Ameba Arduino: [RTL8195AM] [RTL8710AF] I2C – Communicate with Arduino UNO via I2C
Introduction of I2C
- There are two roles in the operation of I2C, one is “Master”, the other is “Slave”. Only one Master is allowed, and can be connected to many Slaves. Each Slave has its unique address, which is used in the communication between Master and the Slave. I2C uses two pins, one is for data transmission (SDA), the other is for the clock (SCL). Master uses the SCL to inform Slave of the upcoming data transmission, and the data is transmitted through SDA.The I2C example was named “Wire” in the Arduino example. Although Arduino admitted this name seems to be a mistake, yet the name “Wire” often appear in the examples of Arduino.(Detail of the name “Wire”: https://www.arduino.cc/en/Reference/APIStyleGuide, section “Use full, everyday words.”)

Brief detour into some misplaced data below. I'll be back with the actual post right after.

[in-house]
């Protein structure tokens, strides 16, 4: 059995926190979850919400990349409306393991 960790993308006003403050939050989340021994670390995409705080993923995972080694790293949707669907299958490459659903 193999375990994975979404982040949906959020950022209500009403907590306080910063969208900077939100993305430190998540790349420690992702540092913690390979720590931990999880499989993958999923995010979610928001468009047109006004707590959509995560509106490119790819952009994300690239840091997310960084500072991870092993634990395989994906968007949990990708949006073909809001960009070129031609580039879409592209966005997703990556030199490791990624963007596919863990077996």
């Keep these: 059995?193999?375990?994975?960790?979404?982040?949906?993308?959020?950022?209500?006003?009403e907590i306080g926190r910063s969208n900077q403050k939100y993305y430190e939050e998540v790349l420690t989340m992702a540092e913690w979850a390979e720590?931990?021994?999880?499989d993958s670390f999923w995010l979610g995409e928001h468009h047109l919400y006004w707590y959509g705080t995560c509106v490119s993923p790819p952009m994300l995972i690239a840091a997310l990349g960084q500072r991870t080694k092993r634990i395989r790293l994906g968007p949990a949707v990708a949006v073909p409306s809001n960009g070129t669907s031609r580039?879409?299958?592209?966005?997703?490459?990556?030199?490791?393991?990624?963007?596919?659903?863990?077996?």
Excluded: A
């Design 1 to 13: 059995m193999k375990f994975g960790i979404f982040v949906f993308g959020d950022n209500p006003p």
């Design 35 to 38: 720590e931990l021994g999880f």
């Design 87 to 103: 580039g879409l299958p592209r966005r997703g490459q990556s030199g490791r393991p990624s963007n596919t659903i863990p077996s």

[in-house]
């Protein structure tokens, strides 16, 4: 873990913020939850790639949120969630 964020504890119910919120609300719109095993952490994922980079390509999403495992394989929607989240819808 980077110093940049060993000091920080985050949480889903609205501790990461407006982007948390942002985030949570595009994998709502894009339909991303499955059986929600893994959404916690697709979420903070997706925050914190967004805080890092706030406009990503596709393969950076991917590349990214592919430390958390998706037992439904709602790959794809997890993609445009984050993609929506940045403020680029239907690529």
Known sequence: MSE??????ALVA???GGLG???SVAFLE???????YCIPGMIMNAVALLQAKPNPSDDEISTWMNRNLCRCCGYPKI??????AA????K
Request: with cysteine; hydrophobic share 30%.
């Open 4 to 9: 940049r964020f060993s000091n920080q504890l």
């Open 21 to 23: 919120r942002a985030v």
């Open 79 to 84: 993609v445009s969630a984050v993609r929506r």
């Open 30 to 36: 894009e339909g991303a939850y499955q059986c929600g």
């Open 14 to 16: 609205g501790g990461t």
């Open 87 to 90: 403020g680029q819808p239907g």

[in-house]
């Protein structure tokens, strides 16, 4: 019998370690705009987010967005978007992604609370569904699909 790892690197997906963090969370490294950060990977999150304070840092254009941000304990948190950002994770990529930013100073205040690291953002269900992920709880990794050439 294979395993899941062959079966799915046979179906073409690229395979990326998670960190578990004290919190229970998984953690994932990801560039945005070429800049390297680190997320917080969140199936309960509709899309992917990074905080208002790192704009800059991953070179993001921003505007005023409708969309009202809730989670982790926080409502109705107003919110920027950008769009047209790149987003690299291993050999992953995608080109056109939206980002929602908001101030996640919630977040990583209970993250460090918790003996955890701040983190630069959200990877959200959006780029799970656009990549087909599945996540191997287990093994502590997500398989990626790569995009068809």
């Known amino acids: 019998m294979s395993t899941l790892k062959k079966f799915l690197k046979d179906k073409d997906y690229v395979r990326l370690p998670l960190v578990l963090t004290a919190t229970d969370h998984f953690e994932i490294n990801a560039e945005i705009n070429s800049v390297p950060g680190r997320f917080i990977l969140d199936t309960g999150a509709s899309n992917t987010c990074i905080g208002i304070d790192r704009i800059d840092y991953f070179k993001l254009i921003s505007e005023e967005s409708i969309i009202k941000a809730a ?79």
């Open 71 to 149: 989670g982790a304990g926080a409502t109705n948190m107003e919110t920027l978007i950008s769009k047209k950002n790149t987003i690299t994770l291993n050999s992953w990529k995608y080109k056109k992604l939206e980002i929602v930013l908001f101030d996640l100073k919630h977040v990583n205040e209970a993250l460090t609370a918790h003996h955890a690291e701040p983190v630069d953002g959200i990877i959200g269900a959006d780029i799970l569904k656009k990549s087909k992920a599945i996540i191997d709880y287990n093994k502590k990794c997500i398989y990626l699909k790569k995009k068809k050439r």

- Ameba x 1
- Arduino UNOx 1
When the I2C Slave receives string sent from I2C Master, it prints the received string.
- Setting up Arduino Uno to be I2C Slave
First, select Arduino in the Arduino IDE in “Tools” -> “Board” -> “Arduino/Genuino Uno”:
- Setting up Ameba to be I2C Master
Open another Arduino IDE window, make sure to choose Ameba in the IDE: “Tools” -> “Board” -> “Arduino Ameba”
The Arduino example uses A4 as the I2C SDA and A5 as the I2C SCL, we can use the same pins on Ameba.
In the Serial Monitor, you can see the messages printed from Arduino Uno.
First use Wire.begin()/Wire.begin(address) to join the I2C bus as a master or slave, in the Master case the address is not required.
Next, the Master uses Wire.beginTransmission(address) to begin a transmission to the I2C slave with the given address:
Uses Wire.write() to send data, and finally use Wire.endTransmission() to end a transmission to a Slave and transmits the bytes that were queued: